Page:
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The Will County Health Department (WCHD) has confirmed an additional positive case of measles in Will County


The Will County Health Department’s Communicable Disease staff is working to collect additional details to identify and notify people that may have been exposed to measles, provide education, and recommend appropriate measures. Additionally, the WCHD is in close contact with the Illinois Department of Public Health (IDPH) as the active investigation continues.

The WCHD has identified the following public location where possible exposure may have occurred. Members of the public who were at the following location at the listed date and time may have been exposed:

  • Ascension Saint Joseph Hospital – Emergency Department (333 Madison St. – Joliet, IL 60435)
    – Tuesday, April 2, Between 1:00 am – 11:30 am.

Those previously vaccinated against measles are likely protected and do not require further action. Anyone exposed should monitor for symptoms for 21 days and call the Health Department if symptoms develop. Unvaccinated individuals who were at the location above at the date and time listed may have been exposed to measles and should contact the Will County Health Department’s Communicable Disease staff at 815-727-8481 if they have not already been contacted.

Measles cases have been on the rise throughout the country and in Illinois. There have been 58 confirmed cases of measles in Illinois in 2024, including 54 in Chicago, two in Will County, one in suburban Cook County and one in Lake County. The 57 cases are the most in Illinois since 17 cases were reported in 2015. According to the Centers for Disease Control and Prevention (CDC), measles cases have been reported in 18 states through March 28.

“Measles is a vaccine preventable disease,” said Alpesh Patel, Chief Epidemiologist for the for the Will County Health Department. “Measles is highly contagious and can cause serious complications which is why we’re encouraging the public to make sure that they have received the MMR vaccine.”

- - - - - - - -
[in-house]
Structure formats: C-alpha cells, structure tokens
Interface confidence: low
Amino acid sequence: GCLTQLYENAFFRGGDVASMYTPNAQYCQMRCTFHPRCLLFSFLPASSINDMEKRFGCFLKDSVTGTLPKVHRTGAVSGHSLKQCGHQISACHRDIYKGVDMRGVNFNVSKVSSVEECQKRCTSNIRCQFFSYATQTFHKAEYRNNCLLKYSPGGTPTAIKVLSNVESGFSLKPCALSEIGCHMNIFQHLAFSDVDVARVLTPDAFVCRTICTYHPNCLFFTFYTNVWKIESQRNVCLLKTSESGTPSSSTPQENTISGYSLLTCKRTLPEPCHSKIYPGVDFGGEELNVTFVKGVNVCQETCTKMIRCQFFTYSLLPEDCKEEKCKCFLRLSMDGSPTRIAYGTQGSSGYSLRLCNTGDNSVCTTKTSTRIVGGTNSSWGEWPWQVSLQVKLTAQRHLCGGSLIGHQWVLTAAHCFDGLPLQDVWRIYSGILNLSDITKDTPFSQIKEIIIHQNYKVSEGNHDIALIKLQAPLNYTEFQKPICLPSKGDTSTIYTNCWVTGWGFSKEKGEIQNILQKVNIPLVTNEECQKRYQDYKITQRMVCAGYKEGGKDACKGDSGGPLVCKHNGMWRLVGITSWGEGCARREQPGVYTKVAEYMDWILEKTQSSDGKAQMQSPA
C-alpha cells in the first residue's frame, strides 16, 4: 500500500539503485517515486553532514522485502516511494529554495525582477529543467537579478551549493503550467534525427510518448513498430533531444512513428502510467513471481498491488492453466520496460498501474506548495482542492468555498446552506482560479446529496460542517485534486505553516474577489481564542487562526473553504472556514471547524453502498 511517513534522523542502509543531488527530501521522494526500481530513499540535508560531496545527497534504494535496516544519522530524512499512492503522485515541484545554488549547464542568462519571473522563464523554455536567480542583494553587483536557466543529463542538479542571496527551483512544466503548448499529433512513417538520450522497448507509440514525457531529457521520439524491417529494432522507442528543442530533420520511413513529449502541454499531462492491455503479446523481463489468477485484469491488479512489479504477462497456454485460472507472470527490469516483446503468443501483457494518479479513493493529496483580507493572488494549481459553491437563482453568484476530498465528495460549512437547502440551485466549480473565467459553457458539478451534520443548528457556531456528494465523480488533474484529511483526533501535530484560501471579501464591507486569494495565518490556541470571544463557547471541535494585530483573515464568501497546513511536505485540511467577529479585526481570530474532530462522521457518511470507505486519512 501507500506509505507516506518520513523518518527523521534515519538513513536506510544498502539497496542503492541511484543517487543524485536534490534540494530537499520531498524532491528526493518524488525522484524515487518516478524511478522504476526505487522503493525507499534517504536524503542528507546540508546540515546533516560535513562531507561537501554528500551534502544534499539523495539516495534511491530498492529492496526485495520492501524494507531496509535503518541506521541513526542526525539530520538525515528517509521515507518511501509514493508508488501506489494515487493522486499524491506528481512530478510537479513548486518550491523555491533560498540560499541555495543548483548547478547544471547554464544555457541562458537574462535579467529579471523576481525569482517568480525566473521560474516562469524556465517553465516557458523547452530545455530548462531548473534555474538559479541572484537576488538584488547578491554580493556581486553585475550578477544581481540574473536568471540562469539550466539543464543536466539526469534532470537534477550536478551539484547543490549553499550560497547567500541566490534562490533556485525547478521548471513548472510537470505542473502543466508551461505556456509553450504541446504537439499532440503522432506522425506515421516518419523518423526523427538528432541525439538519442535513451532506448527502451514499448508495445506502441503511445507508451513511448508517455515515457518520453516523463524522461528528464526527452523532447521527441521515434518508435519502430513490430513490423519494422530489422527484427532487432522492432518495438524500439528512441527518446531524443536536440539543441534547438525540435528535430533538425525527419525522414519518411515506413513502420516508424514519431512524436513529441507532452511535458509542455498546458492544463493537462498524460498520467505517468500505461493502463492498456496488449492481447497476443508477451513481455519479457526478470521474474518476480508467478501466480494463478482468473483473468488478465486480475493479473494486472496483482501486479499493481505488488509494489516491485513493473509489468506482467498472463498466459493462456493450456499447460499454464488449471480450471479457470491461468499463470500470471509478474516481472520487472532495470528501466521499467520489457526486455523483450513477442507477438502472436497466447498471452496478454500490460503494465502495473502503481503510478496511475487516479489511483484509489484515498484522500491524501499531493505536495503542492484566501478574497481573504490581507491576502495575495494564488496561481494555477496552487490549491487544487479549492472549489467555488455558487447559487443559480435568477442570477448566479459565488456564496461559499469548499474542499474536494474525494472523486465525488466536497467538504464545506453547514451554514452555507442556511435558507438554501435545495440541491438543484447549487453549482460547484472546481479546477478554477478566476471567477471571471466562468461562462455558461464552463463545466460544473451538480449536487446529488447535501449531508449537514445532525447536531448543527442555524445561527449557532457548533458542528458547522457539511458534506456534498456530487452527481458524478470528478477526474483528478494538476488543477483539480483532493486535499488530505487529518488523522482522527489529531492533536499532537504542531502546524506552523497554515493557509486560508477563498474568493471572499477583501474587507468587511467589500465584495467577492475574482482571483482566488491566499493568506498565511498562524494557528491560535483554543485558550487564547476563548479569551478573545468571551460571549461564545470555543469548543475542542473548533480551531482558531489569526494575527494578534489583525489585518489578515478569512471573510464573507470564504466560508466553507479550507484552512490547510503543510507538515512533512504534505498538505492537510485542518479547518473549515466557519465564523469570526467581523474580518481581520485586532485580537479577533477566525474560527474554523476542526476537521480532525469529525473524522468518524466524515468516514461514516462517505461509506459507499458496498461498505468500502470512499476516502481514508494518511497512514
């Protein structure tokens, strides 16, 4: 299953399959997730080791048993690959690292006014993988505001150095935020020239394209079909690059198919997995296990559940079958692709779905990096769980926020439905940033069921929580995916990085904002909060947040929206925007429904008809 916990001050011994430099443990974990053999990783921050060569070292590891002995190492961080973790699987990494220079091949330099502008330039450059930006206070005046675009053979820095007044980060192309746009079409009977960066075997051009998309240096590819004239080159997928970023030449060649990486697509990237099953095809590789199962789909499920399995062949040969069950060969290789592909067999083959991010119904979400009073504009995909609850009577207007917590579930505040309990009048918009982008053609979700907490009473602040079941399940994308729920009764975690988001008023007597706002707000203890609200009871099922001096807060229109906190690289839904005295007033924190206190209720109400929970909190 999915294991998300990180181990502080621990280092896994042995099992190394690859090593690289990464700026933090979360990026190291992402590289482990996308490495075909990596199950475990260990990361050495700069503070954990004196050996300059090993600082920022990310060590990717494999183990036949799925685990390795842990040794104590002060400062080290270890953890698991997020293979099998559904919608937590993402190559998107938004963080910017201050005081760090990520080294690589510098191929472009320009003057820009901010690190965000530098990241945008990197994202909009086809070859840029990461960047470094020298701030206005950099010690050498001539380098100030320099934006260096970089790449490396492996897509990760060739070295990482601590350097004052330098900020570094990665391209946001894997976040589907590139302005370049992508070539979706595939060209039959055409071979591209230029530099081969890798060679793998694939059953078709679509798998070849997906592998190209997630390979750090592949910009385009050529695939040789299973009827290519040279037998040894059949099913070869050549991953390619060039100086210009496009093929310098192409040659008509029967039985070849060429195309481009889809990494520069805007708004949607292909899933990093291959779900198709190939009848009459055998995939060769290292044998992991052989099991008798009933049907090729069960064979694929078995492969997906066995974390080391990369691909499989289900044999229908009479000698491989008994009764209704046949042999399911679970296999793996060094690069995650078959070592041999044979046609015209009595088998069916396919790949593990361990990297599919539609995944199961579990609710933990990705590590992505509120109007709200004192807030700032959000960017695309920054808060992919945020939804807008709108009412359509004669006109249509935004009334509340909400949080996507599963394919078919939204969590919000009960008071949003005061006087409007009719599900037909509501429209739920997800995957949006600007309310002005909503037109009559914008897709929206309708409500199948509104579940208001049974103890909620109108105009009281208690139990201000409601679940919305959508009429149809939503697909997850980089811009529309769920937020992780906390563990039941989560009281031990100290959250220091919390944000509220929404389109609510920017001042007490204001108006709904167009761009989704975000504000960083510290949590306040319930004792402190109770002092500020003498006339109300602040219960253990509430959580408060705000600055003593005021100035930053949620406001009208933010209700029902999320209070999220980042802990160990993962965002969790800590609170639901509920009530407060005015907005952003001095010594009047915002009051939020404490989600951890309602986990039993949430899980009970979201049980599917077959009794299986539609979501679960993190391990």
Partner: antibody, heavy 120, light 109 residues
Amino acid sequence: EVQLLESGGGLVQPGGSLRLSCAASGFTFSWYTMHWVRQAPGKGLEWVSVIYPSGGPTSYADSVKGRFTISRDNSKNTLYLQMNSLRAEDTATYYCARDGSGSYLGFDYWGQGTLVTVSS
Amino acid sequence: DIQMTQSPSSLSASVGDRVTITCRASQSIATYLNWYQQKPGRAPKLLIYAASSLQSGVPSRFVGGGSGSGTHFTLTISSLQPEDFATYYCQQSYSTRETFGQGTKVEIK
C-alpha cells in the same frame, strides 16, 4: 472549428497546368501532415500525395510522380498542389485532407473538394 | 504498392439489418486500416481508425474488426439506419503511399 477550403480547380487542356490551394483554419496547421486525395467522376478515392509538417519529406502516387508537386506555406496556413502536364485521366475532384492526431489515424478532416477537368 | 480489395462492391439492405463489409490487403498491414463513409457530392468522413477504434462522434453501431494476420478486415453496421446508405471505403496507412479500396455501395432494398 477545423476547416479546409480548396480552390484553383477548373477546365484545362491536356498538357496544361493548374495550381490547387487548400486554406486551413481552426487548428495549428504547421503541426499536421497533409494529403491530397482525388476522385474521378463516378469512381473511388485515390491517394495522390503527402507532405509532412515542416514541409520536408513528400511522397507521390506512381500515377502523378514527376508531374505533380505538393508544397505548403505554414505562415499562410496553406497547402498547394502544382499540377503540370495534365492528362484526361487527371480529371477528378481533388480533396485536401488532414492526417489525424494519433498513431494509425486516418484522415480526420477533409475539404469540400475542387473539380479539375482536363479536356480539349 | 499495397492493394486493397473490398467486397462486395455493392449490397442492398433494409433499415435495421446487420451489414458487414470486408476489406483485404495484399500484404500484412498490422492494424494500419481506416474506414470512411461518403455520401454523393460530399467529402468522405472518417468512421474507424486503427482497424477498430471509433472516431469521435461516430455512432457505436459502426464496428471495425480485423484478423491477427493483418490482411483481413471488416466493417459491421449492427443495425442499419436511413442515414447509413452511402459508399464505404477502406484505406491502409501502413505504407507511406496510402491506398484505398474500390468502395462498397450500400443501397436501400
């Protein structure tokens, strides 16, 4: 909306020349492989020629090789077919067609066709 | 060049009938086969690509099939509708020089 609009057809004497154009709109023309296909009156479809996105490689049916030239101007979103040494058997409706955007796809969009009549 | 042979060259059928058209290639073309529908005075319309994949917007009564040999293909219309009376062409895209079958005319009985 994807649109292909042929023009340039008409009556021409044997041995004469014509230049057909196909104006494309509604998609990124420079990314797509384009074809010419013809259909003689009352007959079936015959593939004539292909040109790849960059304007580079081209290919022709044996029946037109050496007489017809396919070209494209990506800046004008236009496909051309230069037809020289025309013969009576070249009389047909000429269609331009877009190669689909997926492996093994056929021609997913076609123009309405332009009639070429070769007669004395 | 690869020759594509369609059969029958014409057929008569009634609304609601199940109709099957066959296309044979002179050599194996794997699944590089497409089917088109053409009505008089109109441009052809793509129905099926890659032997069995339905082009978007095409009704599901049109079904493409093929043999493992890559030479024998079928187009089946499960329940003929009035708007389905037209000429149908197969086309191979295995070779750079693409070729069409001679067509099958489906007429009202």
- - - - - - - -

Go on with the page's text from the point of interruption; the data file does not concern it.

Measles can cause major health complications, especially in children younger than five. According to the CDC, about 1 in 5 people in the U.S. who get measles will be hospitalized and some cases can lead to brain swelling or fatal pulmonary disorders. Pregnant women and people with weakened immune systems may also be at more serious risk for complications.

Measles signs and symptoms generally appear 10 to 14 days after exposure to the virus. Common symptoms of measles include high fever, cough, runny nose, sore throat, red or watery eyes and tiny white spots that appear inside the mouth on the inner lining of the cheek (Koplik’s spots). A rash comprised of small red spots generally begins 3-5 days after other signs of the illness begin. The rash typically starts at the face and then spreads down the rest of the body. An infected person can spread measles up to four days before the rash appears and up to four days after the rash has been present.

A person with measles can spread the disease to others even before they feel sick. According to the CDC, 9 out of 10 susceptible people (unvaccinated or have never had measles) who are exposed to measles will get sick.

Measles is easily preventable with an MMR vaccine. According to the CDC, the vaccine is 97% effective against measles when administered in two doses while one dose is 93% effective. Will County residents are encouraged to review their immunization and medical records and contact their healthcare provider to determine if they are protected from the measles. Immunization records recorded in the Illinois immunization registry can be accessed using the Illinois Department of Public Health Vax Verify portal at:

Most doctor’s offices and pharmacies can provide MMR vaccines. The MMR vaccine is also available at the Will County Health Department’s Immunization Clinic. Appointments can be reserved for immunizations at our offices in Joliet (501 Ella Ave.), Bolingbrook (323 Quadrangle Drive) and Monee (5601 W. Monee-Manhattan Road) by calling 815-740-8143.

More Information

For more information on measles please visit the CDC website at: